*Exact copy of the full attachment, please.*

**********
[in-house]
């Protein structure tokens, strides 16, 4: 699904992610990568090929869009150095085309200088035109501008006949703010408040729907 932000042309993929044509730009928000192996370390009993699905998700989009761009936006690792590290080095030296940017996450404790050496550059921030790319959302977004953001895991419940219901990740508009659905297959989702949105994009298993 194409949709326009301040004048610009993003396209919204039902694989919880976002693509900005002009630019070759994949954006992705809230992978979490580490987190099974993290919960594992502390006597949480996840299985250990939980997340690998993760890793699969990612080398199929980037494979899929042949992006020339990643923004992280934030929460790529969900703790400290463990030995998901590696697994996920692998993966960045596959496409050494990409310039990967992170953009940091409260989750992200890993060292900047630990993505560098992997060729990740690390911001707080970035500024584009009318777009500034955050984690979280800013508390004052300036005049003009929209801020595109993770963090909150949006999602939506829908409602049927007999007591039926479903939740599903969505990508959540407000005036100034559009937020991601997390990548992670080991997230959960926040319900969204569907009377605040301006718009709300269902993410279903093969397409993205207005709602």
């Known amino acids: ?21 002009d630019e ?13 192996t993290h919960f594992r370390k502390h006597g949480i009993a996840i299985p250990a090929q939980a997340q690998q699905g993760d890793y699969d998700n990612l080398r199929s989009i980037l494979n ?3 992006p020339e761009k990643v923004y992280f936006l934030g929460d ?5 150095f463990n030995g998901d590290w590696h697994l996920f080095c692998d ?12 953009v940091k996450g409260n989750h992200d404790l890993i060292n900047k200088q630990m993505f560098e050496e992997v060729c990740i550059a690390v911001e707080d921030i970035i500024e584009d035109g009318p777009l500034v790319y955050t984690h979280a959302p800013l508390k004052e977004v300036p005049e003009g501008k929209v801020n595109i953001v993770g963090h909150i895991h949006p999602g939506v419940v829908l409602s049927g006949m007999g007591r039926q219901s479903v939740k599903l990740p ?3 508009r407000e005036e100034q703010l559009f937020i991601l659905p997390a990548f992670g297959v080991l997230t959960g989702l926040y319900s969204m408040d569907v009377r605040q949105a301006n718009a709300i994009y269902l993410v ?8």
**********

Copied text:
[in-house]
């Protein structure tokens, strides 16, 4: 699904992610990568090929869009150095085309200088035109501008006949703010408040729907 932000042309993929044509730009928000192996370390009993699905998700989009761009936006690792590290080095030296940017996450404790050496550059921030790319959302977004953001895991419940219901990740508009659905297959989702949105994009298993 194409949709326009301040004048610009993003396209919204039902694989919880976002693509900005002009630019070759994949954006992705809230992978979490580490987190099974993290919960594992502390006597949480996840299985250990939980997340690998993760890793699969990612080398199929980037494979899929042949992006020339990643923004992280934030929460790529969900703790400290463990030995998901590696697994996920692998993966960045596959496409050494990409310039990967992170953009940091409260989750992200890993060292900047630990993505560098992997060729990740690390911001707080970035500024584009009318777009500034955050984690979280800013508390004052300036005049003009929209801020595109993770963090909150949006999602939506829908409602049927007999007591039926479903939740599903969505990508959540407000005036100034559009937020991601997390990548992670080991997230959960926040319900969204569907009377605040301006718009709300269902993410279903093969397409993205207005709602």
């Known amino acids: ?21 002009d630019e ?13 192996t993290h919960f594992r370390k502390h006597g949480i009993a996840i299985p250990a090929q939980a997340q690998q699905g993760d890793y699969d998700n990612l080398r199929s989009i980037l494979n ?3 992006p020339e761009k990643v923004y992280f936006l934030g929460d ?5 150095f463990n030995g998901d590290w590696h697994l996920f080095c692998d ?12 953009v940091k996450g409260n989750h992200d404790l890993i060292n900047k200088q630990m993505f560098e050496e992997v060729c990740i550059a690390v911001e707080d921030i970035i500024e584009d035109g009318p777009l500034v790319y955050t984690h979280a959302p800013l508390k004052e977004v300036p005049e003009g501008k929209v801020n595109i953001v993770g963090h909150i895991h949006p999602g939506v419940v829908l409602s049927g006949m007999g007591r039926q219901s479903v939740k599903l990740p ?3 508009r407000e005036e100034q703010l559009f937020i991601l659905p997390a990548f992670g297959v080991l997230t959960g989702l926040y319900s969204m408040d569907v009377r605040q949105a301006n718009a709300i994009y269902l993410v ?8």